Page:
Congratulations! You made it through one of the worst droughts on record. Now that the rains have come and the grass is green again, your worries are over, right? Wrong! Now your livestock are picking up all of the parasites that lay dormant all of those months of drought. Are you ready?
Hay quality will vary due to forage type, stage of maturity at harvest and harvest conditions. In addition to hay, feeding harvested crop residue such as corn stalk bales is common. Often a combination of different quality hays are fed at the same time using past experience and some nutritional “cow sense” helping to determine the correct blend. Cow body condition and cow contentment are used as rough indicators of meeting the dry matter intake and energy needs of the cows. Evaluating the manure is a tool that can help indicate when changes in the forage mix or supplement strategy is needed. We need to be aware that the nutritional needs of the cow will change depending on production cycle.
It’s a new year, 2012, and the optimism in the Cattle Industry continues. Spring calving is just around the corner and thus a great percentage of the 2012 Calf-crop is in the 3rd trimester of fetal development or very close to it.Over 85% of fetal growth occurs during this stage of gestation, and nutritional demands of the mother cow are increasing at a rapid rate.Protein and energy demands increase nearly 20% just during the last month of pregnancy (see chart below).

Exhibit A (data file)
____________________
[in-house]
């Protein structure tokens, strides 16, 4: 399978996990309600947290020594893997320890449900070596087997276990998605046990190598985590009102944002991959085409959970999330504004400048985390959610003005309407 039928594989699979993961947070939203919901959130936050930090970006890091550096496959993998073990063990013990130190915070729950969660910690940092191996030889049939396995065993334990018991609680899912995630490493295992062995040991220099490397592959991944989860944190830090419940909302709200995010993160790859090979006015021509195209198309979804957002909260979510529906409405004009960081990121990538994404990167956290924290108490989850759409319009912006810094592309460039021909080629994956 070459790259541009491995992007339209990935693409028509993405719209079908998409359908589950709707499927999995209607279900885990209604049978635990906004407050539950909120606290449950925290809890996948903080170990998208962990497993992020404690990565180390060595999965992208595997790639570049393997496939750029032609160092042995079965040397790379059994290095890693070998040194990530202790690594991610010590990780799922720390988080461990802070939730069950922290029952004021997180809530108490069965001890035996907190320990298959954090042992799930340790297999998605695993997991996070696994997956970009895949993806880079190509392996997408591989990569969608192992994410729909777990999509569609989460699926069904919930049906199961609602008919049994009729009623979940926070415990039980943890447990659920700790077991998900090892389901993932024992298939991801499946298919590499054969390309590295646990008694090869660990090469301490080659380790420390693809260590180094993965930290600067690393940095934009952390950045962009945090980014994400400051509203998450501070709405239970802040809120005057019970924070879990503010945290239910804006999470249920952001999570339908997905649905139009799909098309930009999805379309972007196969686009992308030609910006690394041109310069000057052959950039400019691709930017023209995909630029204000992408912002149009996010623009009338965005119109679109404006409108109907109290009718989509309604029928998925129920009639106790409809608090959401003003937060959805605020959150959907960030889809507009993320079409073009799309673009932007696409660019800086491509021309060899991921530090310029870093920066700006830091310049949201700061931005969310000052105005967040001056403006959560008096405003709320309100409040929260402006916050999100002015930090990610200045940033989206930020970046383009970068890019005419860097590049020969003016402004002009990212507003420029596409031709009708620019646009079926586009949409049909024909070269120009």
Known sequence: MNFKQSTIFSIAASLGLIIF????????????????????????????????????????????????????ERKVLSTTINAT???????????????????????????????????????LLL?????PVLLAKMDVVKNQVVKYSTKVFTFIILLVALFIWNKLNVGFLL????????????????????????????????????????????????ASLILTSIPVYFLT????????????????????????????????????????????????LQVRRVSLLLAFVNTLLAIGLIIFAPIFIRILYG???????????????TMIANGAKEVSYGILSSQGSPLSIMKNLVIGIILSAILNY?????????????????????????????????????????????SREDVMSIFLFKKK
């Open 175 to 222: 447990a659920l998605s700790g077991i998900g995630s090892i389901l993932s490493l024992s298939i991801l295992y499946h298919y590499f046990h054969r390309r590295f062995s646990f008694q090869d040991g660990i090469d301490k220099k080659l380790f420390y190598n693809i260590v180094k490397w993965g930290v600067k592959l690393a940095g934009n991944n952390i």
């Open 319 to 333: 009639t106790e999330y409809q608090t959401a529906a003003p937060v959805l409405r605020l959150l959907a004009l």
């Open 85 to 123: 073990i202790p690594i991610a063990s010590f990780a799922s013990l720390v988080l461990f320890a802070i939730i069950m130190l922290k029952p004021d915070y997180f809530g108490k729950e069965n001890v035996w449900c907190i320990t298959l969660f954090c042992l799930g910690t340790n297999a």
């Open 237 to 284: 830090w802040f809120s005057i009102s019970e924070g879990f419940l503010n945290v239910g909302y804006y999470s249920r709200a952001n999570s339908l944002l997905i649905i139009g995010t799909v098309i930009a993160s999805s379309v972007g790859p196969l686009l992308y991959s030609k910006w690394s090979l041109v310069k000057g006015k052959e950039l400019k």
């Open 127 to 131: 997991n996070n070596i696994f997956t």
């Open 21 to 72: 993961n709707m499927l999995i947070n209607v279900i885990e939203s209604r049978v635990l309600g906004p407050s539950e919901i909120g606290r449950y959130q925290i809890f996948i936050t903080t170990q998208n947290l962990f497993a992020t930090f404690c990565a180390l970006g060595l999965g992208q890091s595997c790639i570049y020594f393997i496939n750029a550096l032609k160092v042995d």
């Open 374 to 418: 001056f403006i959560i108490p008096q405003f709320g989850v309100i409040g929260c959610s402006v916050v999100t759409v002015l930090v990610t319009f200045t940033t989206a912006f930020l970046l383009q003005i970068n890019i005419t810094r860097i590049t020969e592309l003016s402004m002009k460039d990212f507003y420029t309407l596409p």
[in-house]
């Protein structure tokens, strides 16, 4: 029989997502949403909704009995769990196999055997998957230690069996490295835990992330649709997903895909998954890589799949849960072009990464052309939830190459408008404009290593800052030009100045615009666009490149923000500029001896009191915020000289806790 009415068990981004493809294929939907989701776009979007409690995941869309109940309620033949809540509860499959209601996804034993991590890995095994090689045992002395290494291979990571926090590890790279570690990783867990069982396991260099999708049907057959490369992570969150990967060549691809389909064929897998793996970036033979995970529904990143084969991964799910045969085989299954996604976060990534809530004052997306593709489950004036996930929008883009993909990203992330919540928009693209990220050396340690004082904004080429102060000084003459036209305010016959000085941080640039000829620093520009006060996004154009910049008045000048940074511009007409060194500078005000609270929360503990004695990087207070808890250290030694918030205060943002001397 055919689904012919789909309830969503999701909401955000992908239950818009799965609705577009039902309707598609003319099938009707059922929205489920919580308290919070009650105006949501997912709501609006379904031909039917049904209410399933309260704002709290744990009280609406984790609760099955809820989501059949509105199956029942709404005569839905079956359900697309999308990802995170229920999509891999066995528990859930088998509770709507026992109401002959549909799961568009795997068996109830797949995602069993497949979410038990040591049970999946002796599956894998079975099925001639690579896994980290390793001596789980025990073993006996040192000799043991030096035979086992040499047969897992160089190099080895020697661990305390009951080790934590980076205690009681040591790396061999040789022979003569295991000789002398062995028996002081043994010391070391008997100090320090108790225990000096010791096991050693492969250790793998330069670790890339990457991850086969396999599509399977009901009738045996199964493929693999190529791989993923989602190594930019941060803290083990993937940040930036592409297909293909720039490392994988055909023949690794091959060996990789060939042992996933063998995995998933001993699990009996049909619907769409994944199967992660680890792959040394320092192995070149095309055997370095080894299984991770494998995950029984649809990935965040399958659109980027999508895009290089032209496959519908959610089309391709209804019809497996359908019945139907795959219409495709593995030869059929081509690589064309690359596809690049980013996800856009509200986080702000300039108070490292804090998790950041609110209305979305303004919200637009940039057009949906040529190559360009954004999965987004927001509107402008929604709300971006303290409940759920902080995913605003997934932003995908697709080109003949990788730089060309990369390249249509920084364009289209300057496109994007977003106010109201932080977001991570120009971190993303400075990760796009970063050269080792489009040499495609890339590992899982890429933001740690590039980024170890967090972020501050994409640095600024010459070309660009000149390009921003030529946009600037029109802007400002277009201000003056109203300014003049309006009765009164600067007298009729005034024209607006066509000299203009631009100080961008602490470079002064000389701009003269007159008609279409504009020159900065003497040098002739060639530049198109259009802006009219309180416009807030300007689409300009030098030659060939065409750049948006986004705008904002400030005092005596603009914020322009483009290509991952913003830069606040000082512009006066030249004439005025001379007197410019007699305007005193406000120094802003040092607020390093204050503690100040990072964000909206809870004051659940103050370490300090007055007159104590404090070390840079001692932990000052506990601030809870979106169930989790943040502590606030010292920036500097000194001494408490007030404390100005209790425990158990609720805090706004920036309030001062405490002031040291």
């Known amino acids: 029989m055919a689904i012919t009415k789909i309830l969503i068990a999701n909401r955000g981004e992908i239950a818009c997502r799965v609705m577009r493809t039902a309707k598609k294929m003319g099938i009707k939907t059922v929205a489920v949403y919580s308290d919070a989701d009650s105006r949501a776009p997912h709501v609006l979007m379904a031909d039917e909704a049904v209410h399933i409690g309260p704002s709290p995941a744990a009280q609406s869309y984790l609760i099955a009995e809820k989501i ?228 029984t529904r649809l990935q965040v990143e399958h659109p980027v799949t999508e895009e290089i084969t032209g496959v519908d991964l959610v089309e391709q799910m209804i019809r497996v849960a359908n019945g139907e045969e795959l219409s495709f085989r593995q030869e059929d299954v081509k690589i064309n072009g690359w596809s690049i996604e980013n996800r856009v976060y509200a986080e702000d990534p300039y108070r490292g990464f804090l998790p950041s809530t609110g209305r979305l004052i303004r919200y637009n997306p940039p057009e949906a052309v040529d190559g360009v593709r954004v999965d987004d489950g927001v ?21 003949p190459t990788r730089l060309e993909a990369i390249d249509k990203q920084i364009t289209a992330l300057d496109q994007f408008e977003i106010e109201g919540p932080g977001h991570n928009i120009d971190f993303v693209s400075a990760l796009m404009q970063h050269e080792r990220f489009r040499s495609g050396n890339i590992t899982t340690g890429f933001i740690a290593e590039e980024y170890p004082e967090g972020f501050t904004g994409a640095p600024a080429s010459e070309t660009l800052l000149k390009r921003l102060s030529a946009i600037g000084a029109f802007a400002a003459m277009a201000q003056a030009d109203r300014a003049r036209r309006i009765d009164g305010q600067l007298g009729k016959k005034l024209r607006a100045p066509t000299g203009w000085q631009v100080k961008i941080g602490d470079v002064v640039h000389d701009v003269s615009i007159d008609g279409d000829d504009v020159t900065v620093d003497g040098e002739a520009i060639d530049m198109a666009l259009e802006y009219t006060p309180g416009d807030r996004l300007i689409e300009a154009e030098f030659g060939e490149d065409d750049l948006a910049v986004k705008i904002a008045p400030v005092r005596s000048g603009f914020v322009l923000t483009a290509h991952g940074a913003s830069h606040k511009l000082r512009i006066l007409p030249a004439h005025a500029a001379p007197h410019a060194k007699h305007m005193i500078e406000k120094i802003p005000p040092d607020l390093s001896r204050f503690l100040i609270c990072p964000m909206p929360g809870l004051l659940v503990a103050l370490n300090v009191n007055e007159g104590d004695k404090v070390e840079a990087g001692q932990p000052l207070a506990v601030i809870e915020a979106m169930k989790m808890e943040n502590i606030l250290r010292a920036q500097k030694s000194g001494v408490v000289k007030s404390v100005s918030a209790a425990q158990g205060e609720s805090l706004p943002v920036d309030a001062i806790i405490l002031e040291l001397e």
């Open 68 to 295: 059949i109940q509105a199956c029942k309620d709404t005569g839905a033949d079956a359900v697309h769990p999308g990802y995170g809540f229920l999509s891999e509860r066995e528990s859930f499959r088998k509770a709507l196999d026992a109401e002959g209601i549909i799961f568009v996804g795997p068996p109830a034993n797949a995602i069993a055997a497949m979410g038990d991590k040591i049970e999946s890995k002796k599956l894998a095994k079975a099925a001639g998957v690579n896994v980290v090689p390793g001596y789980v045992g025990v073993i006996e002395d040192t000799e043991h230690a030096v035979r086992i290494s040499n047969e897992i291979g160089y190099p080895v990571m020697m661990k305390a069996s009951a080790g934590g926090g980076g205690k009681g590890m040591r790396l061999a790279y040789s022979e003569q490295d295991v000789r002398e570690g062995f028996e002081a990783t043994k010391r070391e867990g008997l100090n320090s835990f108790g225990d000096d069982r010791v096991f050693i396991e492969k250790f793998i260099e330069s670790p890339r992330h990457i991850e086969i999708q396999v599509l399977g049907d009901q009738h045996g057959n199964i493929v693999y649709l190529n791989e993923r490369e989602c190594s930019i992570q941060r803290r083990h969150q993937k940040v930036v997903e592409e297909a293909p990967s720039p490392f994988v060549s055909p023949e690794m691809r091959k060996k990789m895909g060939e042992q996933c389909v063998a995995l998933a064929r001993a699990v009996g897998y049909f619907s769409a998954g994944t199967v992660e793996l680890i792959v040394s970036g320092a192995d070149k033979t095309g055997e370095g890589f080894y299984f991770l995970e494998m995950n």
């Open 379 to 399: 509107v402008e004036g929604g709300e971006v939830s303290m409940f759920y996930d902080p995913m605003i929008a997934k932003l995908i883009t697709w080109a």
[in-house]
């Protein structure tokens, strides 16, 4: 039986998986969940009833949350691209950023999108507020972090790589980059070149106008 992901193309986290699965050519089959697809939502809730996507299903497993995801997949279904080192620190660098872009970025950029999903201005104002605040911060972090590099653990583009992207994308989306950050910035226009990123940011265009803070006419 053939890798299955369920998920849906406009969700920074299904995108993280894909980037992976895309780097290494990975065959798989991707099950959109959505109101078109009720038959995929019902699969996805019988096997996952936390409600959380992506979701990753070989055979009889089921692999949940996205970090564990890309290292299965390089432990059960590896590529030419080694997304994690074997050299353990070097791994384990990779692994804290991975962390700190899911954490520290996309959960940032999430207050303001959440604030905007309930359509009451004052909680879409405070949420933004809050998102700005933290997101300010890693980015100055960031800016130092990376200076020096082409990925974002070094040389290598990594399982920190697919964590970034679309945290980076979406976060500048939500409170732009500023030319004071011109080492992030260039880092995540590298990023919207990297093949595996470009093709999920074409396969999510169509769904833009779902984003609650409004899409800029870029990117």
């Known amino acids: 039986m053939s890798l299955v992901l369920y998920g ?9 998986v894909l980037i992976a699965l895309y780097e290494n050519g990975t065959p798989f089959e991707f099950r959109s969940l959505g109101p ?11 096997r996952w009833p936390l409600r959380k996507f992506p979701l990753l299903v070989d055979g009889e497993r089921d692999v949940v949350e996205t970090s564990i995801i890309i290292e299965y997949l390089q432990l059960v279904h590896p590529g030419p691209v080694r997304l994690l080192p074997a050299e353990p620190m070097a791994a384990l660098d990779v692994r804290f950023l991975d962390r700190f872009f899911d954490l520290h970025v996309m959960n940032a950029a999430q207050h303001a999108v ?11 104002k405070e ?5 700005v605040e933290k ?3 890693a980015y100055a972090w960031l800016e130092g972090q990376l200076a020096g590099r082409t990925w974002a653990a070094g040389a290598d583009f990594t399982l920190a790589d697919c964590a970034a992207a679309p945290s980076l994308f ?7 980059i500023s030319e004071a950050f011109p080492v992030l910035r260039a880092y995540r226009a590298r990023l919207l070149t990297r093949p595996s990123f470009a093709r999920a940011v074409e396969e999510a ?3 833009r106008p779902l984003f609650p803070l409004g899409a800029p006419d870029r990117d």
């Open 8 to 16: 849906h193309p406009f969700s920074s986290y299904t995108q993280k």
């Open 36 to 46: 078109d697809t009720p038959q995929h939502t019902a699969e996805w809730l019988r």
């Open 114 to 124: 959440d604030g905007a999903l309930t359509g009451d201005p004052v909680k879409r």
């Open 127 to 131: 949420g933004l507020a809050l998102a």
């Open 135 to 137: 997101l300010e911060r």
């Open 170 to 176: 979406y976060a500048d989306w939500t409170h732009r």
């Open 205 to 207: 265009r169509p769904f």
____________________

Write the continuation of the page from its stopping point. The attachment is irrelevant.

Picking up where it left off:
Now is the time to start planning your winter-feeding program. Adequate nutrition is vital for both the calf and cow in terms of health and productivity. Thin cows are harder to breed back; produce less milk and wean lighter calves. However, on the flip side, it is important to supplement only what is necessary without wasting feed or money in order to remain profitable.
Molds and mycotoxins have a major impact on feedstuff and livestock production. They cause economic loss from lost dry matter and nutrient value in moldy feeds to lost production efficiency and overall animal health in animals consuming feeds contaminated with mycotoxins.
If you need to change the body condition of your cows so they will be in the best condition possible for breeding season, now is the time to act. An important activity to do before we get busy with fall harvest is to give your cow a close look. I am not talking about a passing glance, but take the time to critically evaluate each animal; better yet, utilize a trusted advisor such as your feed supplier to body condition score your cows. They have not seen them as often as you nor do they have the “family history” that may bias your scoring. The recent USDA-APHIS survey of Cow Calf Operations indicated that less than 15% of producers use Body Condition Scoring (BCS) as a management tool.
While it’s true that Agriculture is enjoying some record or near record dollar receipts for commodity goods, input costs are rising and thus need to be managed. Everything costs more these days. From fuel to food, no one can escape all the rising costs.In this economy, we should all be challenged to find what the best buy is for the dollar and match purchases to our needs, goals and objectives.
Most cattlemen realize the advantages of using a mineral supplement for grazing cattle in the summer. Most cattlemen are also aware that, in the fall, a protein supplement will greatly improve the utilization of mature grass.
It’s a little hard for those of us in the upper Midwest to think about fly control…there are still piles of snow on the ground! Nevertheless, fly season is just around the corner for us and has already started for producers further south.